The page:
The Nike Cortez originally released in 1972. Designed by Bill Bowerman for the 1972 Olympic Games, the Cortez was hailed as the first ‘modern’ running shoe. The Cortez is without a doubt one of Nike’s most iconic and important models, with a rich history which dates back even before it was officially known as the Cortez. The shoe has been worn by athletes, celebrities, East-coast gangsters and sports enthusiasts alike, and is still one of the most popular models in existence.
(Above) Tom Hanks holding a fresh pair of Cortez’s in their OG colourway, in the 1994 film ‘Forest Gump’.
In my personal collection, I only have one pair of the Nike Cortez. My pair is a leather Cortez from 1999 featuring a predominantly white upper with a bold yellow swoosh and grey trimming. On the heel of the shoe, you will find the OG Nike lettering as well as a swoosh on each heel. This is an awesome pair! I acquired these about two years ago after finding them in a thrift shop in London. £20 is the price I paid, which is a steal in my eyes, especially given the condition I found them in!
A pair of shoes of this age is however not without its faults. After a few wears, the outsole began to separate from the midsole, due to the age of the glue holding them together. As well as this issue, they could certainly do with a bit of cleaning! Luckily, the Cortez is not a complicated model, so the separation problem should be an easy fix! Other models, such as any Nike Air Max silhouette, of this age would require much more work to get them back to looking their best. The photo below shows the issue with the sole separation, a problem which is apparent on both the left and right shoes.
There are a few things you will need if you’re planning on carrying out a similar restoration:
- Sole cement: I used the SneakersER Sole Bonder 125ml (£14.95)
- Paintbrush: preferably a flat one
- Clamps/something heavy
There aren’t actually too many steps to this reglue due to the simplicity of the model. The first thing I did was to remove the laces and the insoles from each shoe. Then I inspected the surface which I would be regluing. If there is any excess factory glue left on the surface, you will need to remove it using a thin layer of Acetone (nail polish remover). On my pair of Cortez’s, there was no factory glue left so I skipped this step. I then gently opened the gap between the outsole and midsole and applied a layer of the SneakersER sole bonder to both surfaces. You want to then leave the glue to dry for 15 minutes. In order to get a firmer bond, a second layer of sole bonder can be applied after the 15 minutes is up.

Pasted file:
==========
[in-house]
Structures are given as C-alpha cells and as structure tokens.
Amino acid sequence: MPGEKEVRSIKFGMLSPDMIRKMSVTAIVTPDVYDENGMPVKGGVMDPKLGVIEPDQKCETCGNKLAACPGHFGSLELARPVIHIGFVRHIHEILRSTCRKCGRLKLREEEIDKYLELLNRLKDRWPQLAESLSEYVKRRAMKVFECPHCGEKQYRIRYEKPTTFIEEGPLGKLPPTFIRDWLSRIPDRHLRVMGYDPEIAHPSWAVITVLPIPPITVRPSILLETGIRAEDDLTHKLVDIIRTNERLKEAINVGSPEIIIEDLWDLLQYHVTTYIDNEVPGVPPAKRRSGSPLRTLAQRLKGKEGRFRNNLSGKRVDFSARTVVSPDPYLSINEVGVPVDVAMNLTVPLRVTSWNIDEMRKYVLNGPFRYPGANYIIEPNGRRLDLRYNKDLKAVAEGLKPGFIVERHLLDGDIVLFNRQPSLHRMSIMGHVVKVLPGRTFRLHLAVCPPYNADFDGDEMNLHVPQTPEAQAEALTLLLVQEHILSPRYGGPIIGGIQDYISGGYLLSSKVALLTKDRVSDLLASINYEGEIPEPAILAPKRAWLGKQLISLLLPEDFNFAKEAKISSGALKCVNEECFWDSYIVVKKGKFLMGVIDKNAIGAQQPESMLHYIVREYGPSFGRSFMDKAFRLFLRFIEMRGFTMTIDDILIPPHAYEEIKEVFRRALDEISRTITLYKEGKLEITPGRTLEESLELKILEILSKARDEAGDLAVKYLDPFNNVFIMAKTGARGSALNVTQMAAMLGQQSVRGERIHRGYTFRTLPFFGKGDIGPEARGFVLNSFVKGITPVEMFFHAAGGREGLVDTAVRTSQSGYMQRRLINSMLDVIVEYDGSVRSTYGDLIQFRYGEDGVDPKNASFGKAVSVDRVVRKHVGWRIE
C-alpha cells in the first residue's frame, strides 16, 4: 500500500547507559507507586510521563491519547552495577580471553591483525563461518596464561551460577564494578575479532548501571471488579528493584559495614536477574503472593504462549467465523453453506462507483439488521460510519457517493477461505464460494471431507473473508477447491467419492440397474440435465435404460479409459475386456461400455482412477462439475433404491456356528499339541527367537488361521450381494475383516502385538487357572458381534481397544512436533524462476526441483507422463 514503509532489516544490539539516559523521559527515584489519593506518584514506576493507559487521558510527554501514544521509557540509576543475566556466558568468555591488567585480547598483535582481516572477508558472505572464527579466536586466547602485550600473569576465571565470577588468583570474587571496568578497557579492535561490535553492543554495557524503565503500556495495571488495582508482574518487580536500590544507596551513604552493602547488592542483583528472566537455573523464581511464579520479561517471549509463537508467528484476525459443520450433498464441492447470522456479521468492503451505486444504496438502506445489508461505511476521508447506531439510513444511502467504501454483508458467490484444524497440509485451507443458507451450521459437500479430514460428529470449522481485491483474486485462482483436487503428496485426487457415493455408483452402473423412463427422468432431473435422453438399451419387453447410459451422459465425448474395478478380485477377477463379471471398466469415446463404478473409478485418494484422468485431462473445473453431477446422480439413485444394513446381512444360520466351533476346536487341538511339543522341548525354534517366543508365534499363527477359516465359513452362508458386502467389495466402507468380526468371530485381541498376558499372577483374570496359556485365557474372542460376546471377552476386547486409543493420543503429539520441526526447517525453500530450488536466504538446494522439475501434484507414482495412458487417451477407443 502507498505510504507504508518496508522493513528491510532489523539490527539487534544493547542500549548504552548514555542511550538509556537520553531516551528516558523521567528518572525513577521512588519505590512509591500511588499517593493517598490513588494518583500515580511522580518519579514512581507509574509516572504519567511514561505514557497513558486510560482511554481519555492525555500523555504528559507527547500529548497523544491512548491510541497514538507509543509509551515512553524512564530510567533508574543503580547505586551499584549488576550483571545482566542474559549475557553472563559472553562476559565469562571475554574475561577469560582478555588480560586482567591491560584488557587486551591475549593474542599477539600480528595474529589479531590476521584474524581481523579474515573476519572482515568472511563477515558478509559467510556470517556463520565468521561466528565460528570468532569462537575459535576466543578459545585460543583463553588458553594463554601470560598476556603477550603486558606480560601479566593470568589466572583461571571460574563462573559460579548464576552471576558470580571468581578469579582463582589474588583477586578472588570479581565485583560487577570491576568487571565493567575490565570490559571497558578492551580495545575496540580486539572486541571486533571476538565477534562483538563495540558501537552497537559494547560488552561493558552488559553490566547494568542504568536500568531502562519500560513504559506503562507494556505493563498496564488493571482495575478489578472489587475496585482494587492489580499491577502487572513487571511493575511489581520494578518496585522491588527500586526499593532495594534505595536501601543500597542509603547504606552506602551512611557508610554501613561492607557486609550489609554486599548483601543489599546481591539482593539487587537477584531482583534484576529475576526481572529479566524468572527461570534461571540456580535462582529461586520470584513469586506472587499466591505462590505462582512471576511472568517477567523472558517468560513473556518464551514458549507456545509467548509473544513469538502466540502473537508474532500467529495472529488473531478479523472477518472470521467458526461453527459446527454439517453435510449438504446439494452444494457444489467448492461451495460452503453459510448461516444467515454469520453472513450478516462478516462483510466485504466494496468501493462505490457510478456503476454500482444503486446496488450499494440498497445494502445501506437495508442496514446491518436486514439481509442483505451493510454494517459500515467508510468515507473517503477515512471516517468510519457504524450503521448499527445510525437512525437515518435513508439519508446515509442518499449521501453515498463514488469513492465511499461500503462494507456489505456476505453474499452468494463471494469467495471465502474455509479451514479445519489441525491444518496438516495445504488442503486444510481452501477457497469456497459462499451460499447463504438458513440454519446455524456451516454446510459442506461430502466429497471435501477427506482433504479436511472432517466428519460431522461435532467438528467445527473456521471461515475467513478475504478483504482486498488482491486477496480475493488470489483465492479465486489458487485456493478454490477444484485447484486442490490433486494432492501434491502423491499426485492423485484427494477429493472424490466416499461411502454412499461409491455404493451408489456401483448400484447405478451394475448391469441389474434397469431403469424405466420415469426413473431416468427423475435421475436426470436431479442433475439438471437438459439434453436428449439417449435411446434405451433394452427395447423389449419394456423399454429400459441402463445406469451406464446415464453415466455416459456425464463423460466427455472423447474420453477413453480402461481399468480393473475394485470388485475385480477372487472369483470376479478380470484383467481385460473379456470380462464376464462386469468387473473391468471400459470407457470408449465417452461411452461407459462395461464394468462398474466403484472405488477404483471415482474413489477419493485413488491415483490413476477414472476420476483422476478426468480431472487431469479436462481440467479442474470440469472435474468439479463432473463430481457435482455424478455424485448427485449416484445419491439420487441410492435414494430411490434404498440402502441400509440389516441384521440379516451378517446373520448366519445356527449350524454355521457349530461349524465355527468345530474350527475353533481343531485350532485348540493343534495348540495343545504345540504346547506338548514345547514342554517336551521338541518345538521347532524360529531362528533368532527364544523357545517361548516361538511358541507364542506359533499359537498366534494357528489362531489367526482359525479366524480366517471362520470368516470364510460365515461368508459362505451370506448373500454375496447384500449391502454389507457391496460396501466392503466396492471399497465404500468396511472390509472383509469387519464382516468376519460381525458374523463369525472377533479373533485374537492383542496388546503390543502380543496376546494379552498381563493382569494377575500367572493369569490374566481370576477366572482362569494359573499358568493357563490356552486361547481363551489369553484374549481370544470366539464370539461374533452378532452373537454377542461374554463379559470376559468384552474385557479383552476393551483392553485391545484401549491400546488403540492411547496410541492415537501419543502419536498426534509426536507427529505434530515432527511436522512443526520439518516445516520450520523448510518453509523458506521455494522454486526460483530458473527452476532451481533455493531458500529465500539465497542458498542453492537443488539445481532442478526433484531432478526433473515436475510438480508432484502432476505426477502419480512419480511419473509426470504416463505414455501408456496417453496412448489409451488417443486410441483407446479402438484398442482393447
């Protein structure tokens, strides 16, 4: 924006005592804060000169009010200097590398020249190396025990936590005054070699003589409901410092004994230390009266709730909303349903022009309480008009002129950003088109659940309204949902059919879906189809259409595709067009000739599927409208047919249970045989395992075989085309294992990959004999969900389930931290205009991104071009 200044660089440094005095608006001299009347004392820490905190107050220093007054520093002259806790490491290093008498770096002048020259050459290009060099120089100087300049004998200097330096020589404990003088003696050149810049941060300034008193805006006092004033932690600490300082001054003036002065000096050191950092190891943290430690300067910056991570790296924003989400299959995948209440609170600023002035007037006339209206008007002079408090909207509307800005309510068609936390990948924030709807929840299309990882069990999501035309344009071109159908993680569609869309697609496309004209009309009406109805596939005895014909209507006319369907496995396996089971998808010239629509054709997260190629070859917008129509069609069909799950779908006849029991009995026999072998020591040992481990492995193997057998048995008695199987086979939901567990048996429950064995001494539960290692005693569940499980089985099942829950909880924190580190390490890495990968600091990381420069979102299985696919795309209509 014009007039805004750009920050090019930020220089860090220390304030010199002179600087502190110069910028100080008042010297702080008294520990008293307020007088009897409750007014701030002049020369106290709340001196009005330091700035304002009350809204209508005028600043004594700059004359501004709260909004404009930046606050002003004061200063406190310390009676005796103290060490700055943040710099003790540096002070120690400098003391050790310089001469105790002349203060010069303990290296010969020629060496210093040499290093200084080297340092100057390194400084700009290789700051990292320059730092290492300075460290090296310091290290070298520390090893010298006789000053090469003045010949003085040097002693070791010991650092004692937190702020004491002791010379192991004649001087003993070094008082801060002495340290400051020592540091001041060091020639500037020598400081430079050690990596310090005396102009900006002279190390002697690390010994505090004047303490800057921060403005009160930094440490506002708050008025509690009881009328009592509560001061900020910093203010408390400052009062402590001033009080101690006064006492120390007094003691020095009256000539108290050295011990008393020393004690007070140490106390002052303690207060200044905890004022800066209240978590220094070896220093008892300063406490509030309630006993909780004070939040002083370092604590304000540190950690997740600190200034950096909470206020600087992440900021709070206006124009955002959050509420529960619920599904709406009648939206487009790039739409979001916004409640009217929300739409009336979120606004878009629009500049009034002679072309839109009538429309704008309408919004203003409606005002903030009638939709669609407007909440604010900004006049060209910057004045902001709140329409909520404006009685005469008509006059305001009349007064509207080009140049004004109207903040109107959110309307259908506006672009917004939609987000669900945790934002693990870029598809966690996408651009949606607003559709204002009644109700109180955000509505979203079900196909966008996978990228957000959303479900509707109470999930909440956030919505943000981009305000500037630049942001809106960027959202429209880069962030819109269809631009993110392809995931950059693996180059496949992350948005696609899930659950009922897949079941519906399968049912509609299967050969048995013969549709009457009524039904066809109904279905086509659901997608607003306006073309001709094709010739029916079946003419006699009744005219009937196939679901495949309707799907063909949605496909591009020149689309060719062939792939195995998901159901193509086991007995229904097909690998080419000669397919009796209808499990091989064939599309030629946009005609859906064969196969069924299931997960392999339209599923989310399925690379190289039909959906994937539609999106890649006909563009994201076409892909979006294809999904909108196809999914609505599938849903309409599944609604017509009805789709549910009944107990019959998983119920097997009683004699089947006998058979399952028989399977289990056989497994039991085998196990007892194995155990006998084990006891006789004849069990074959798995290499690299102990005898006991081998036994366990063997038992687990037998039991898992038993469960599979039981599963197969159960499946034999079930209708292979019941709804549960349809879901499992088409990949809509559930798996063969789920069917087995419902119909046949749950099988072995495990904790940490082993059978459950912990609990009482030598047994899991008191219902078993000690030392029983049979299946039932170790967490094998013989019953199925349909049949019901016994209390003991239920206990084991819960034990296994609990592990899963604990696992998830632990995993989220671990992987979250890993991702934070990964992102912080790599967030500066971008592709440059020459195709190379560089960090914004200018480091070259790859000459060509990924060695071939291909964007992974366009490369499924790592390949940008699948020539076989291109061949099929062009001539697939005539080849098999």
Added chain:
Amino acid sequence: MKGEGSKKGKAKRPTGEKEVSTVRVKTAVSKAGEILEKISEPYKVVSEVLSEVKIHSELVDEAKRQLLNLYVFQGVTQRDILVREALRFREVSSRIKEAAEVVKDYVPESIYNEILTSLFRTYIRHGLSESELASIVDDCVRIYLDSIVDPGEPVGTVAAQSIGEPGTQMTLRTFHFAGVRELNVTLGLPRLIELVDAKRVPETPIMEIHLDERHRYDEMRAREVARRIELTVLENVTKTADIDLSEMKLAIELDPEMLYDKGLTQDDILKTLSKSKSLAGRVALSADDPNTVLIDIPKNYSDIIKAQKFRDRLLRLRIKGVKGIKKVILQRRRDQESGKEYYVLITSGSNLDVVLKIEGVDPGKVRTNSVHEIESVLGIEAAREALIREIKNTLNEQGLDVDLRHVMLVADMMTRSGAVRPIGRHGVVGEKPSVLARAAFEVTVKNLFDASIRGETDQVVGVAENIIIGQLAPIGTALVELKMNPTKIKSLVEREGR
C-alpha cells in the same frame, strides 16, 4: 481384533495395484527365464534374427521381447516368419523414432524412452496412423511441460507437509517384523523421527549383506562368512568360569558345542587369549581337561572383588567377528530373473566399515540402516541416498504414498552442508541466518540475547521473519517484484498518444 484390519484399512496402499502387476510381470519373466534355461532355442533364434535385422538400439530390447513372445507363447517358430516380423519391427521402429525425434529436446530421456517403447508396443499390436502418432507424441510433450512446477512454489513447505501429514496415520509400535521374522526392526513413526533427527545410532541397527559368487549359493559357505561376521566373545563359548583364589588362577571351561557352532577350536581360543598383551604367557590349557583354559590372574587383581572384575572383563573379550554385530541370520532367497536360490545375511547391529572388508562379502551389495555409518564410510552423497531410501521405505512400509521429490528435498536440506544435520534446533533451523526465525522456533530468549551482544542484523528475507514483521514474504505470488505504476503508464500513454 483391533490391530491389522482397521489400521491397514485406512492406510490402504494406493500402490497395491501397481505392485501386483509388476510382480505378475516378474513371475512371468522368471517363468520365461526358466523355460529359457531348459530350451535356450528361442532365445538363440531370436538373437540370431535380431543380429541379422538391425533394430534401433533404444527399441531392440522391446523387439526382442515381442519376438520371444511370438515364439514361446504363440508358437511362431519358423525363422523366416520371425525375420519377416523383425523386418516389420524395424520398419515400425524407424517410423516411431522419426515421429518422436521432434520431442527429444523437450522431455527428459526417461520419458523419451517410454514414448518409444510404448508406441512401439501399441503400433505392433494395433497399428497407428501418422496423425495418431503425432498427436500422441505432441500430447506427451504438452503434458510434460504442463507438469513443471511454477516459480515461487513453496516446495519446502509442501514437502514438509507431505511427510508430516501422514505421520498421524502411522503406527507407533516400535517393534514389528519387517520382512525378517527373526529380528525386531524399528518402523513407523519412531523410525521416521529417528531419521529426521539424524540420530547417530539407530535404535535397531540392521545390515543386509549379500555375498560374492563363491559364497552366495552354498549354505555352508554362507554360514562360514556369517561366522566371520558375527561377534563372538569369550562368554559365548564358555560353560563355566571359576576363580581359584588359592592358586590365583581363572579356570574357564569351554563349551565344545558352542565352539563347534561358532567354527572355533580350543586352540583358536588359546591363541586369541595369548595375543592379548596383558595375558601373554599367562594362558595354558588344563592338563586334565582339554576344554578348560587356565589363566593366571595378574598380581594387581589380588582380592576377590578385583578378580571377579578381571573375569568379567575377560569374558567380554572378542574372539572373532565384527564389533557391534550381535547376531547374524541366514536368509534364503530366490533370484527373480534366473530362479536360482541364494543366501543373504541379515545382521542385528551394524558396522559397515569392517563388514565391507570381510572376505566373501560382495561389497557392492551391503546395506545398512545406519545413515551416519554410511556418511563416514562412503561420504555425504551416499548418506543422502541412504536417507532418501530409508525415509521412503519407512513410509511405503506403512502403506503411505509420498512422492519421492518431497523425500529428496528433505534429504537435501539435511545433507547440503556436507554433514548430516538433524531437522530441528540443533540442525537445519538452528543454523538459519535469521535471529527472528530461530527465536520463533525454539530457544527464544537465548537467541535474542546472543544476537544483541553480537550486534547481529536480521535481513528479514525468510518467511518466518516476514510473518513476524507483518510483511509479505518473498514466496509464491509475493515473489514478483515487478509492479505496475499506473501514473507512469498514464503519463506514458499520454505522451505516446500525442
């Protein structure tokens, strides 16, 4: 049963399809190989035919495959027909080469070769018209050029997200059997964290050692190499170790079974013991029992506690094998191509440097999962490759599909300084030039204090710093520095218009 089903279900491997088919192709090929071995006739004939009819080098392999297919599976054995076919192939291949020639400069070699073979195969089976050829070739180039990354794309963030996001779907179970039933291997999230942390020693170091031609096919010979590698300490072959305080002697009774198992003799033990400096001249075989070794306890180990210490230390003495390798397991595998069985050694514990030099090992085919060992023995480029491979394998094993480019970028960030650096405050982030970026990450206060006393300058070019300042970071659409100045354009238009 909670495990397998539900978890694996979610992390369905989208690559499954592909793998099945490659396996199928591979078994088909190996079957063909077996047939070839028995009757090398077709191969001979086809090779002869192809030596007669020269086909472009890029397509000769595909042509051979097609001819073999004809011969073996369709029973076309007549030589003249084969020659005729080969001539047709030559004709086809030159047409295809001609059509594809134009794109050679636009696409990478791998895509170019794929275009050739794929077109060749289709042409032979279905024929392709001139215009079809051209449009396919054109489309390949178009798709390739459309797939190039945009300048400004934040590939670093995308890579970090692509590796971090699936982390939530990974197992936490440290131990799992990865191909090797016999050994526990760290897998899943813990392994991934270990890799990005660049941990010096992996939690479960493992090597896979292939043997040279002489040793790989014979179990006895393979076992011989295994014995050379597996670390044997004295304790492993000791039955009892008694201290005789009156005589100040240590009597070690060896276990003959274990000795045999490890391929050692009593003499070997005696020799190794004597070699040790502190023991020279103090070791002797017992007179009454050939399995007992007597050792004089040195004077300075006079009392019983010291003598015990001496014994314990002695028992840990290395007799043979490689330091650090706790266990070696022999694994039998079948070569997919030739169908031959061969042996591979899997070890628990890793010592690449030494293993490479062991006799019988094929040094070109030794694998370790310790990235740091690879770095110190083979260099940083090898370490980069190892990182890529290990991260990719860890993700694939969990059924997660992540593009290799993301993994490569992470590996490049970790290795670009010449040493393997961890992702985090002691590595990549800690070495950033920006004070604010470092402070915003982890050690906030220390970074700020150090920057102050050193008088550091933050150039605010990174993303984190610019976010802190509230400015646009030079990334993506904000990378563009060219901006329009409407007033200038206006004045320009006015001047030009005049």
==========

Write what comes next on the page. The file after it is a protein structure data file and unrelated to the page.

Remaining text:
After 15 minutes, you want to press the surfaces together, making sure they line up perfectly. In order to get the best possible results, you want to clamp the part of the shoe you are regluing, which ensures the sole will not separate again the first time you break them out! Unfortunately, I did not have any clamps to hand so I improvised by placing a brick inside each shoe and propping up the toe. As I was only regluing the heel area of my Cortez’s, I needed to concentrate the weight of the brick towards the heel.
You need to leave the shoes in this position for a good 24 hours for the best results!
Once you have left the glue to set, remove the bricks (in my case) or clamps. Check that the bond is firm by applying a light pull on the area which you have glued together. If the bond feels firm and the area is not separating, you’ve done it! After I completed the sole binding process, I gave the shoes a quick clean using a sneaker cleaning solution. You can use any solution but I used Crep Protect Cure, in particular, the Crep Protect travel kit, which comes in a small pouch with the cleaning solution, a brush and a microfibre towel (£14.95).
So there we go! The 1999 Nike Cortez’s are good for another 20 years (hopefully). After restoring my pair, I wore them for a whole week straight to test the durability and its fair to say they held up nicely. I’m very glad to re-add these to my rotation!
Let me know if you have any questions regarding any sneaker restoration! Or get in touch on Instagram by following @crepcultureblog